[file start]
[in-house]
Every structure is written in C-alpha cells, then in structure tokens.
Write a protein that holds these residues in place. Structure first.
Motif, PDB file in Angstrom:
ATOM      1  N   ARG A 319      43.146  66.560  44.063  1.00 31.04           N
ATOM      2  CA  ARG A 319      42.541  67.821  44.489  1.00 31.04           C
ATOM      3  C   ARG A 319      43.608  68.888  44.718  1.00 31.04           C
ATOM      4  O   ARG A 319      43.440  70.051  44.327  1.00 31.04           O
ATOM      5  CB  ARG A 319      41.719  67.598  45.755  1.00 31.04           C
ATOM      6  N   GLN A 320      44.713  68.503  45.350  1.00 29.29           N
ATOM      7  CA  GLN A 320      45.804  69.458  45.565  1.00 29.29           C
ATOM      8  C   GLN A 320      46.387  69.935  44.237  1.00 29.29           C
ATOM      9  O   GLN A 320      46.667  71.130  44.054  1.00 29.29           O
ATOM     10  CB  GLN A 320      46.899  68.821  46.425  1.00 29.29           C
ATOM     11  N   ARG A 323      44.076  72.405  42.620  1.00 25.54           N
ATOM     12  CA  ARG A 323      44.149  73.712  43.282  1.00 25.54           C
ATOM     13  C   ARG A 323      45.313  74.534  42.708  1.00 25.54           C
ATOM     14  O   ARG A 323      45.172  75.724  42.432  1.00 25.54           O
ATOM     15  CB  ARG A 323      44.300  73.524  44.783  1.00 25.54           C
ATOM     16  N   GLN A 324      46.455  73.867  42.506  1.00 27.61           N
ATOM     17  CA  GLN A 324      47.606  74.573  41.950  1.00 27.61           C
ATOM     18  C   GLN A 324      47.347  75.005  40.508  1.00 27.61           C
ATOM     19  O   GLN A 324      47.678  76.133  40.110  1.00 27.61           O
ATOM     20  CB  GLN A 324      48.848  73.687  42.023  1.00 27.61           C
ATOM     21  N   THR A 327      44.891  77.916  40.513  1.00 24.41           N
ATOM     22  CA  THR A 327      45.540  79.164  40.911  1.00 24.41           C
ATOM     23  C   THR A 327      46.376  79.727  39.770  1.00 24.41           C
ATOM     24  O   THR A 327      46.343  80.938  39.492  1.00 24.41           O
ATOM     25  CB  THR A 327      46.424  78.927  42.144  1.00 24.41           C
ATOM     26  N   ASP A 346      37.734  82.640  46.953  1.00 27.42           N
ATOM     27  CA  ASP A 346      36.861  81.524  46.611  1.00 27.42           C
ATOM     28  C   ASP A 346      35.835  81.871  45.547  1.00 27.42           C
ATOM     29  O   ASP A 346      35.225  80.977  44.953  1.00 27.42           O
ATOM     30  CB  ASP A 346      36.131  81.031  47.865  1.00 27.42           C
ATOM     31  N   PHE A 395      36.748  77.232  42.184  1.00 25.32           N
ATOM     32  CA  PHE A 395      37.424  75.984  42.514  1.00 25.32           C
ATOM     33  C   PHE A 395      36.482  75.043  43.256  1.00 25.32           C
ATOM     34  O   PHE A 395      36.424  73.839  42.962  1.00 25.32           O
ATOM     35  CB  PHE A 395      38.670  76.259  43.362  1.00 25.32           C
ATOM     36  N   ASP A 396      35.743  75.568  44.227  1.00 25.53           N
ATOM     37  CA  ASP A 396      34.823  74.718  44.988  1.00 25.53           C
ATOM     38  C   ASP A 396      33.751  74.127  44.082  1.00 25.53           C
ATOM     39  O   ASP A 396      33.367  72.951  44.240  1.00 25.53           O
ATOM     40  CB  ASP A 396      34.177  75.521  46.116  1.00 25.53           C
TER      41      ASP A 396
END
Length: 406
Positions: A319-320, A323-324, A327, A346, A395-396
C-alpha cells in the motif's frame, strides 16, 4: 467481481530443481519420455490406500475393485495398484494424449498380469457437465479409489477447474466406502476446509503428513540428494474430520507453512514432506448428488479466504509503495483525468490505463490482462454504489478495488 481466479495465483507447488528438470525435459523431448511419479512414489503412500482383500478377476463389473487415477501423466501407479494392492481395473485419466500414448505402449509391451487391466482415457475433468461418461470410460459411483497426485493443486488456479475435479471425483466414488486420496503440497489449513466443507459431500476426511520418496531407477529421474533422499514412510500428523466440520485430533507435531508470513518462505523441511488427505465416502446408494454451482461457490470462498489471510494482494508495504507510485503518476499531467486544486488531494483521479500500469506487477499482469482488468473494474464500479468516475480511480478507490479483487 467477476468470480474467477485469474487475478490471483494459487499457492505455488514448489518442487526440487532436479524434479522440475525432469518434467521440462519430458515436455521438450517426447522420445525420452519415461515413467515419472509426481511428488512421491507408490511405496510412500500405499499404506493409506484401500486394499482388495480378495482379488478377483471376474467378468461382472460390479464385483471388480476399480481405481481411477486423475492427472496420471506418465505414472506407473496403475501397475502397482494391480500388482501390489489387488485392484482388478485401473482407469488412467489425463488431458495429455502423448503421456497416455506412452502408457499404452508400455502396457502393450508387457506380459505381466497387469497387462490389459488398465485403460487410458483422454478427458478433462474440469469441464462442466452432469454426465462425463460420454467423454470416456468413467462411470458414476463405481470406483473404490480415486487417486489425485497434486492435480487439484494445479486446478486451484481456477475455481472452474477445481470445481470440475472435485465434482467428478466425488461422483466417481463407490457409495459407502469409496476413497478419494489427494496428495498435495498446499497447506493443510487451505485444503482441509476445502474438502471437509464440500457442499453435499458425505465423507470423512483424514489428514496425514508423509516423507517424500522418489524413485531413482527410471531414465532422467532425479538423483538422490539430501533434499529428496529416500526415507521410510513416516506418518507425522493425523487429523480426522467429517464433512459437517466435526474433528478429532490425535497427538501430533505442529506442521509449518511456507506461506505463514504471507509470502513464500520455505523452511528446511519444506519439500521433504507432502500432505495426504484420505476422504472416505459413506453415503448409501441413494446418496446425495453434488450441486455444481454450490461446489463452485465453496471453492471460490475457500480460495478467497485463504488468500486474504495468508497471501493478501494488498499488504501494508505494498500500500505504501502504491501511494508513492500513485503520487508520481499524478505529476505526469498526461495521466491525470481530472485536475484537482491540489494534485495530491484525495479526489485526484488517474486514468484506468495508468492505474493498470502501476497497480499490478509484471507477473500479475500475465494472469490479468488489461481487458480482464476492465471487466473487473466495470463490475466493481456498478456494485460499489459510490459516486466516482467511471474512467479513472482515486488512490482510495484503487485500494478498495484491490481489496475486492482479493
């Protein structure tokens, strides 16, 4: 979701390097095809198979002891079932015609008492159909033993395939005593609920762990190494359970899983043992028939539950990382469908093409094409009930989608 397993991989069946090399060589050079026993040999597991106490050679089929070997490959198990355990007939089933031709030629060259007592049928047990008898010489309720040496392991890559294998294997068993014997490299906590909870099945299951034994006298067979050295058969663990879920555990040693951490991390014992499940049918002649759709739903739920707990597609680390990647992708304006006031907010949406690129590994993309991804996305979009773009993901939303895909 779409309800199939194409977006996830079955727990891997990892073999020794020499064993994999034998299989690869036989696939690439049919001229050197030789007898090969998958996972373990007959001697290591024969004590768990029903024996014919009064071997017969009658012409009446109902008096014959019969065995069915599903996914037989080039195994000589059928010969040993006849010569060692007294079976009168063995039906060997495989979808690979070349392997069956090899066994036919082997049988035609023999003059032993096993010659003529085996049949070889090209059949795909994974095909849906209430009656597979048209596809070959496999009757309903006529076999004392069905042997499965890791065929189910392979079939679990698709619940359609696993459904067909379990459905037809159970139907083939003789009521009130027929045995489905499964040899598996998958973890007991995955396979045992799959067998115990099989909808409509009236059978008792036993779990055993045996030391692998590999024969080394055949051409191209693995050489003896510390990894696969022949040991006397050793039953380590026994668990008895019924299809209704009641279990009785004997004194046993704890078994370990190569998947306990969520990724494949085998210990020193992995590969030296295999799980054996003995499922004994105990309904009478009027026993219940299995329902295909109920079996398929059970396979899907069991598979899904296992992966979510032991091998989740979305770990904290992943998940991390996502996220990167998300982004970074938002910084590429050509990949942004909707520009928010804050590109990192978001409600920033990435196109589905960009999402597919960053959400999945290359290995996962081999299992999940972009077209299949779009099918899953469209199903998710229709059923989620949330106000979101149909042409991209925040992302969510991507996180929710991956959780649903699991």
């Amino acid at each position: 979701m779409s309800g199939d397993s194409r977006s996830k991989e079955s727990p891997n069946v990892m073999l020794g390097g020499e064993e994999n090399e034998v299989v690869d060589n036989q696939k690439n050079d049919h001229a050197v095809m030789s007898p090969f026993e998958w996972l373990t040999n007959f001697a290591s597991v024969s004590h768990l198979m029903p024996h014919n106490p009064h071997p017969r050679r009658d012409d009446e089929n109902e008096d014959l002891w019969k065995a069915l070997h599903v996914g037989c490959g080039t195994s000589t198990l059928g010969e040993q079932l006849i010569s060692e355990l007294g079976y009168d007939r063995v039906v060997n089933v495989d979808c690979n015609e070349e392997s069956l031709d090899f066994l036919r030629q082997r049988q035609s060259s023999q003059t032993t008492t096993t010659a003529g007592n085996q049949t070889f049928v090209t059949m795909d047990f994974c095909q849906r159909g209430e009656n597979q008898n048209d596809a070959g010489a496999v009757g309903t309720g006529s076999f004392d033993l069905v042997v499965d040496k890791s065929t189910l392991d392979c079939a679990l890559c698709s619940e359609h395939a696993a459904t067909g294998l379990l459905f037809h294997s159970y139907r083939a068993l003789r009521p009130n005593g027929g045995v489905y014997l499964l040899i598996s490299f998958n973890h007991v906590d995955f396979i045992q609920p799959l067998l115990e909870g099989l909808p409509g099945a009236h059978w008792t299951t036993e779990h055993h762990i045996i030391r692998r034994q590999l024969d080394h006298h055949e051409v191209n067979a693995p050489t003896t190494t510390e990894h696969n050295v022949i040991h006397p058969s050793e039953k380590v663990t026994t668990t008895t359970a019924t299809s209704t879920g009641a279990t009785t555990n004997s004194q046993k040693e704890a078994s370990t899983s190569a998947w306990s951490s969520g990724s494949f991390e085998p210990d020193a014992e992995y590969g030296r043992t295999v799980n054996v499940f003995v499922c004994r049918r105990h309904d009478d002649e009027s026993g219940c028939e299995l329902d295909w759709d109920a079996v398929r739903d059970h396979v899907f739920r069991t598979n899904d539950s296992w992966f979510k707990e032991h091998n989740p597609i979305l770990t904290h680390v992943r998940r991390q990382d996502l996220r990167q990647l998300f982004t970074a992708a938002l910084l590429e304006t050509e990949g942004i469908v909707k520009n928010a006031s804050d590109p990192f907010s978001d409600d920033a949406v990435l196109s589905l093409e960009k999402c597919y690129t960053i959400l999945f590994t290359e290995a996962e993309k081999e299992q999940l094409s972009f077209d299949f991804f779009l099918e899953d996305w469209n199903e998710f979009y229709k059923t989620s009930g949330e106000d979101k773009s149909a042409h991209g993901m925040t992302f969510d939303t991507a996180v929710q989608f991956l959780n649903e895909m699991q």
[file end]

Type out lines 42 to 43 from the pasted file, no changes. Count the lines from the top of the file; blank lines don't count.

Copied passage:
ATOM     38  C   ASP A 396      33.751  74.127  44.082  1.00 25.53           C
ATOM     39  O   ASP A 396      33.367  72.951  44.240  1.00 25.53           O